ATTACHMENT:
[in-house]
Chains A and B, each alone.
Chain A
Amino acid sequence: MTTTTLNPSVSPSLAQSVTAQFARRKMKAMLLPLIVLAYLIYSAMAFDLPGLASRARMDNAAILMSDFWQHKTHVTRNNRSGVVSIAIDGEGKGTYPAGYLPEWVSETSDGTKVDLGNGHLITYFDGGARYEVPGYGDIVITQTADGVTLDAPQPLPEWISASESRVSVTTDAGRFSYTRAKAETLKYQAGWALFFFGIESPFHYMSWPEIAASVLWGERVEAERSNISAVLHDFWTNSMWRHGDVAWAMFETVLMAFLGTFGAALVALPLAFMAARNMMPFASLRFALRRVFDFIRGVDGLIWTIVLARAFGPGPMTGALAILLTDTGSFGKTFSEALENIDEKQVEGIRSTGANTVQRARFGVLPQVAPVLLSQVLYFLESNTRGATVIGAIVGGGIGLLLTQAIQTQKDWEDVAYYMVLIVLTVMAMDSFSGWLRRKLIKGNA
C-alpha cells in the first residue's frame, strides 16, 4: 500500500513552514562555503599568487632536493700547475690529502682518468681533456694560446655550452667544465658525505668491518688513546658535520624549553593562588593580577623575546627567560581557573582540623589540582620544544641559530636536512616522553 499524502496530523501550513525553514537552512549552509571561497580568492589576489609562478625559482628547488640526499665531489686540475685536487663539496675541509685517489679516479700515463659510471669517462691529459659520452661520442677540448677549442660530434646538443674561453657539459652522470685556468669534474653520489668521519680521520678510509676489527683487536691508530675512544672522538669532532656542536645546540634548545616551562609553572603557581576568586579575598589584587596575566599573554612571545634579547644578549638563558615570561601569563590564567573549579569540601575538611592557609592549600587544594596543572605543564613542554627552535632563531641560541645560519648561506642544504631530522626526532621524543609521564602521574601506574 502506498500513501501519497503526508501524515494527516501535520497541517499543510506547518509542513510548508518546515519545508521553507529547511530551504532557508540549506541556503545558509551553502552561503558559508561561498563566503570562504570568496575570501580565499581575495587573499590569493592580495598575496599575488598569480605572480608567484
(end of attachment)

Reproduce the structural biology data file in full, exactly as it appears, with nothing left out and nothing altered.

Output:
[in-house]
Chains A and B, each alone.
Chain A
Amino acid sequence: MTTTTLNPSVSPSLAQSVTAQFARRKMKAMLLPLIVLAYLIYSAMAFDLPGLASRARMDNAAILMSDFWQHKTHVTRNNRSGVVSIAIDGEGKGTYPAGYLPEWVSETSDGTKVDLGNGHLITYFDGGARYEVPGYGDIVITQTADGVTLDAPQPLPEWISASESRVSVTTDAGRFSYTRAKAETLKYQAGWALFFFGIESPFHYMSWPEIAASVLWGERVEAERSNISAVLHDFWTNSMWRHGDVAWAMFETVLMAFLGTFGAALVALPLAFMAARNMMPFASLRFALRRVFDFIRGVDGLIWTIVLARAFGPGPMTGALAILLTDTGSFGKTFSEALENIDEKQVEGIRSTGANTVQRARFGVLPQVAPVLLSQVLYFLESNTRGATVIGAIVGGGIGLLLTQAIQTQKDWEDVAYYMVLIVLTVMAMDSFSGWLRRKLIKGNA
C-alpha cells in the first residue's frame, strides 16, 4: 500500500513552514562555503599568487632536493700547475690529502682518468681533456694560446655550452667544465658525505668491518688513546658535520624549553593562588593580577623575546627567560581557573582540623589540582620544544641559530636536512616522553 499524502496530523501550513525553514537552512549552509571561497580568492589576489609562478625559482628547488640526499665531489686540475685536487663539496675541509685517489679516479700515463659510471669517462691529459659520452661520442677540448677549442660530434646538443674561453657539459652522470685556468669534474653520489668521519680521520678510509676489527683487536691508530675512544672522538669532532656542536645546540634548545616551562609553572603557581576568586579575598589584587596575566599573554612571545634579547644578549638563558615570561601569563590564567573549579569540601575538611592557609592549600587544594596543572605543564613542554627552535632563531641560541645560519648561506642544504631530522626526532621524543609521564602521574601506574 502506498500513501501519497503526508501524515494527516501535520497541517499543510506547518509542513510548508518546515519545508521553507529547511530551504532557508540549506541556503545558509551553502552561503558559508561561498563566503570562504570568496575570501580565499581575495587573499590569493592580495598575496599575488598569480605572480608567484